Not everybody was a fan of Pop artist Andy Warhol: his film oeuvre started at inaccessible and worked its way inward, and to some sensibilities there was something dreadfully wrong about painting a can of Campbell's Tomato Soup, let alone getting paid big bucks for it. But he was a quotable fellow, and his most famous comment, in this age of blogorrhea and YouTube, has been demonstrated to be almost scarily prescient: "In the future everybody will be world-famous for 15 minutes."
I'm not sure what I think of this pronouncement, especially since "everybody," by definition, includes me. By some standards, not necessarily mine, I have accomplished much in this lifetime, and there's nothing wrong with a quarter-hour (whatever the exact timeframe) in the spotlight except for the minor detail that I don't much like the spotlight. For one thing, it's hot. For another, it's unforgiving: the shadows are few, and hiding within them is difficult.
The odd thing about this, I suppose, is that before reaching adulthood I was apparently something of an exhibitionist, and not in the flasher sense: my brother once asserted that one day in grade school he was warned that he would not be allowed to pull the sort of crap I had. I had to think about that for a moment for the specific grade in question, I didn't remember any crap I had pulled but no doubt he was correct, since (1) he tends to remember things like this better than I do anyway and (2) he was on the receiving end, which tends to fix things in the mind rather more firmly than one would like. Still, all the way through high school, I had at least something of the show-off about me, with the notable exception of that mysterious boy/girl business, which I found frightfully easy to avoid.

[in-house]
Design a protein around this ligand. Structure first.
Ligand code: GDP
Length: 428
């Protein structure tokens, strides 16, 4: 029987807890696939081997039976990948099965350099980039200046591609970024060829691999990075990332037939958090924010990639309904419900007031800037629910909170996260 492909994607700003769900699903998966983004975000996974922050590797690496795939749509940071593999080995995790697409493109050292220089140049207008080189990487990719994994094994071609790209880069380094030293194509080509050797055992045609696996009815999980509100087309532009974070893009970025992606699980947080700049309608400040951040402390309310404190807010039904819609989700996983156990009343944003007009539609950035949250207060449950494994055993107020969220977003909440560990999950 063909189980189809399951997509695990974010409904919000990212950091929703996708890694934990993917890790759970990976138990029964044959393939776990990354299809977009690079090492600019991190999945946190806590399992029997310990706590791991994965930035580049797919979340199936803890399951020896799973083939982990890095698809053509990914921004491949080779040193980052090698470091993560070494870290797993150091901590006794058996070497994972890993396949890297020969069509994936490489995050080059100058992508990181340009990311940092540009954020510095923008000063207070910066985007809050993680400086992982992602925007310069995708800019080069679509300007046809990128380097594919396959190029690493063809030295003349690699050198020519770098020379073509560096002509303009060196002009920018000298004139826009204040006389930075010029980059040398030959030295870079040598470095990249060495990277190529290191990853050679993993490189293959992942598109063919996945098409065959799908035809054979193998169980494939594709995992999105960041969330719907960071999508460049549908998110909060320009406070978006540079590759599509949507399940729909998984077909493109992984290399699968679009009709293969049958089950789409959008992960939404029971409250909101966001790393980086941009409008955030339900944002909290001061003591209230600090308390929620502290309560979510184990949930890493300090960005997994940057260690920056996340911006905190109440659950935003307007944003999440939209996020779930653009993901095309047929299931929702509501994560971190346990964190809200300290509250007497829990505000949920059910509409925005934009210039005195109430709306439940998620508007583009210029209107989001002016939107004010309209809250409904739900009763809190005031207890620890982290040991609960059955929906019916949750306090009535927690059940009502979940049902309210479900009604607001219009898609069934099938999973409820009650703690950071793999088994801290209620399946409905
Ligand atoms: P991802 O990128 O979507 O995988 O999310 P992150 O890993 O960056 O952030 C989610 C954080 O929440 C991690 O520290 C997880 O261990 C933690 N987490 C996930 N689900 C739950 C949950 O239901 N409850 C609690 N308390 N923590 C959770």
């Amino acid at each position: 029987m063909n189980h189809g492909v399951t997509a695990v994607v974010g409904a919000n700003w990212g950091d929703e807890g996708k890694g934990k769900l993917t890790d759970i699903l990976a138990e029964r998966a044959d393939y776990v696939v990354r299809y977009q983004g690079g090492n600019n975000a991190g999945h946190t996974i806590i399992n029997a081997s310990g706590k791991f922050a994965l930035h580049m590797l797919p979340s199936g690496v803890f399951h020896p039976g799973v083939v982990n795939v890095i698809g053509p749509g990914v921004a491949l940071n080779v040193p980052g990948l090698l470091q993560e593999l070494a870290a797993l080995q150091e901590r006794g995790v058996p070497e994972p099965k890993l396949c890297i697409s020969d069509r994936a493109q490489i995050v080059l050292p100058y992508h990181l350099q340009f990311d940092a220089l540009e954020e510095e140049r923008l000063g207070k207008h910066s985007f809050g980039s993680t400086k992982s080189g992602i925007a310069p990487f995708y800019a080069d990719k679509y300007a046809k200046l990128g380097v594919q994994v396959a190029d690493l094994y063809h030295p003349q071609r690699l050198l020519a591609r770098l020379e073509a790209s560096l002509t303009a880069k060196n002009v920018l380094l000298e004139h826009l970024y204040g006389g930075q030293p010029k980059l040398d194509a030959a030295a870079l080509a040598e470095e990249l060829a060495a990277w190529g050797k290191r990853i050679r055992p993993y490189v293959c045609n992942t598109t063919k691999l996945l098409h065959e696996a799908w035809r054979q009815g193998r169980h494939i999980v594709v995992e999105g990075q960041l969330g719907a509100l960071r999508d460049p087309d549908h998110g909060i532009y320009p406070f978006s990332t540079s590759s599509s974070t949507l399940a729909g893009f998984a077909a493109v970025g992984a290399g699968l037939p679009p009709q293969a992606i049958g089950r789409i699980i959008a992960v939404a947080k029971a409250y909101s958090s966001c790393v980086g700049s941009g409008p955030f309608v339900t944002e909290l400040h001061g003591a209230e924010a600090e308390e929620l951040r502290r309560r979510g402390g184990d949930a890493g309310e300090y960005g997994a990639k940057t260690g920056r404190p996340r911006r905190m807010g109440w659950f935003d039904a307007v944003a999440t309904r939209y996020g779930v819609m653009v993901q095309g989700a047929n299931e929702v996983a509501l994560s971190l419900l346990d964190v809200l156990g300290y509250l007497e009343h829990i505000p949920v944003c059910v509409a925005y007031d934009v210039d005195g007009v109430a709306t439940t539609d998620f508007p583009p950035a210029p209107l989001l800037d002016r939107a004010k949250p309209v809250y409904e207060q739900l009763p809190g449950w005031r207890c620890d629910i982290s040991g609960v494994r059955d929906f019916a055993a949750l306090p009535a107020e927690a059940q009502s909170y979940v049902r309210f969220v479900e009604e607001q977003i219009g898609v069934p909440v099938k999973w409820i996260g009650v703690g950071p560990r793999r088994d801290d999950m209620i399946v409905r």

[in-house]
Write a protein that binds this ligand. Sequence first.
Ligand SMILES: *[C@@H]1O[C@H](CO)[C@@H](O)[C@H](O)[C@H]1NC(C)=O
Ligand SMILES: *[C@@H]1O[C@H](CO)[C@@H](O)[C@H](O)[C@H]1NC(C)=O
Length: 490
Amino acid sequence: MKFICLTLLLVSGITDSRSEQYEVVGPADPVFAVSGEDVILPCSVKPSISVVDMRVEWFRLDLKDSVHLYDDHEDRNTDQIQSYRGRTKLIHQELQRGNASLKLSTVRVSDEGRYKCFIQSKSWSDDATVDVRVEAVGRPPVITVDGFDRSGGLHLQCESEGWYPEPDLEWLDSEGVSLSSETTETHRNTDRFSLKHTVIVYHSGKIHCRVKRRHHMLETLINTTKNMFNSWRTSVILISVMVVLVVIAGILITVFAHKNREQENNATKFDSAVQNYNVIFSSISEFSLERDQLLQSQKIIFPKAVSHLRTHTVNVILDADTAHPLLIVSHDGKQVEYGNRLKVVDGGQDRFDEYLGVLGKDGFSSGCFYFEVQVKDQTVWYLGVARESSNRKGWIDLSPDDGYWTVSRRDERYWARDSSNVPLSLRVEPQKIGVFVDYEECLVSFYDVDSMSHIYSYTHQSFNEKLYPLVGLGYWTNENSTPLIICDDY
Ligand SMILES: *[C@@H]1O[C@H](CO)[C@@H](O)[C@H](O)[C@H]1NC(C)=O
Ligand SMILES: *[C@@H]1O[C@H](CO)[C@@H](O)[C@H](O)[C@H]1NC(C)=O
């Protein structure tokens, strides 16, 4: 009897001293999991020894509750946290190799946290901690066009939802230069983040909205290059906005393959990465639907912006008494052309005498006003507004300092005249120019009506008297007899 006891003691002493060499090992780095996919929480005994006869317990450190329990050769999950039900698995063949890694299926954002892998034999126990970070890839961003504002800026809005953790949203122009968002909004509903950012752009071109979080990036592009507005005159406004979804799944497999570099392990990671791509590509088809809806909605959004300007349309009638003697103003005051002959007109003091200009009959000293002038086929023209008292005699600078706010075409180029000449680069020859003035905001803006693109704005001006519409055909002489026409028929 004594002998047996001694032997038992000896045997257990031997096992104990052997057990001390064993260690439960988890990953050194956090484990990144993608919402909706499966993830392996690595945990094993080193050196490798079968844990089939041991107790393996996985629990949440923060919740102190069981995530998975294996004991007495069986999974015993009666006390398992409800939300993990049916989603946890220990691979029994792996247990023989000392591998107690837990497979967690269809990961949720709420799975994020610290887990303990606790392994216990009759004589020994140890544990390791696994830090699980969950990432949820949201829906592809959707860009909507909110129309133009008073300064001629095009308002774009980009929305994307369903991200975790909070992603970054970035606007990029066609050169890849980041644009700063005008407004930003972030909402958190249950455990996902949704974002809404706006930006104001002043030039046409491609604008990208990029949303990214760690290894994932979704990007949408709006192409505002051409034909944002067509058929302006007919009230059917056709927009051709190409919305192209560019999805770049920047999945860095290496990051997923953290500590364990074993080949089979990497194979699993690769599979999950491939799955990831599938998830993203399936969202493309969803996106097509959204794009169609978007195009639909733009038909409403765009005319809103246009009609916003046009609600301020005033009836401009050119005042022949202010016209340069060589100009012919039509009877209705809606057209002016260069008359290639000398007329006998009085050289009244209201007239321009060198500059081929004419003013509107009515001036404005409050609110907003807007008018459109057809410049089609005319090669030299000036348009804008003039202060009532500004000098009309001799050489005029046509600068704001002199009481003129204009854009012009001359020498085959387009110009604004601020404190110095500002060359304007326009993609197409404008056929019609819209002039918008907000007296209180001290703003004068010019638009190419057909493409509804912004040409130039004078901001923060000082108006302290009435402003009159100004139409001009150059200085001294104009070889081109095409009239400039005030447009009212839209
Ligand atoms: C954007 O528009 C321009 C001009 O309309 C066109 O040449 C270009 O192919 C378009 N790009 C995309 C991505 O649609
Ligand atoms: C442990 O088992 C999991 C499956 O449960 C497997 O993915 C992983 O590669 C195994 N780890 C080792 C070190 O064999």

After all that, a touch of humility was inevitable: as mythologists will remind us, Hubris is followed inexorably by Nemesis. My term in the Army was nothing special, although I did somehow earn a medal for meritorious service, and my college days were indifferent at best. It did not help that I had made scant progress with the ladies, and in the 1980s, my marriage unraveled and my sense of self crumbling, I slipped off into depression, despite the fact that I had established a name for myself in the burgeoning online community. (Perhaps one problem lies in the fact that the name I had established wasn't mine.)
To this day, I'm still a tad diffident about my allotted fifteen minutes of fame, despite the fact that I've made two television appearances, and without regard for the reasonably-high profile in blogdom I am supposed to be enjoying. The latter, at least, provides regular amusement. A couple of weeks ago, I spotted a misspelling in an advertisement for an Adobe product, and duly posted my findings. Yesterday apparently someone in Adobe's damage-control department found the post and passed it around the office; the meter showed about 80 views of that page from individuals with Adobe IP addresses. I'd like to think that this little incident put a bug in their QA department's ear, though I suspect there's at least as much of a chance that there will be a letter from Adobe's legal beagles demanding that I take it down. And if that should happen, it's instant cause célèbre, which will probably buy me a few extra seconds of whatever dubious notoriety I may have. No doubt I'd find the attention somewhat offputting: like Andy Warhol, I have a certain fondness for low lights and trick mirrors.
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Copyright © 2007 by Charles G. Hill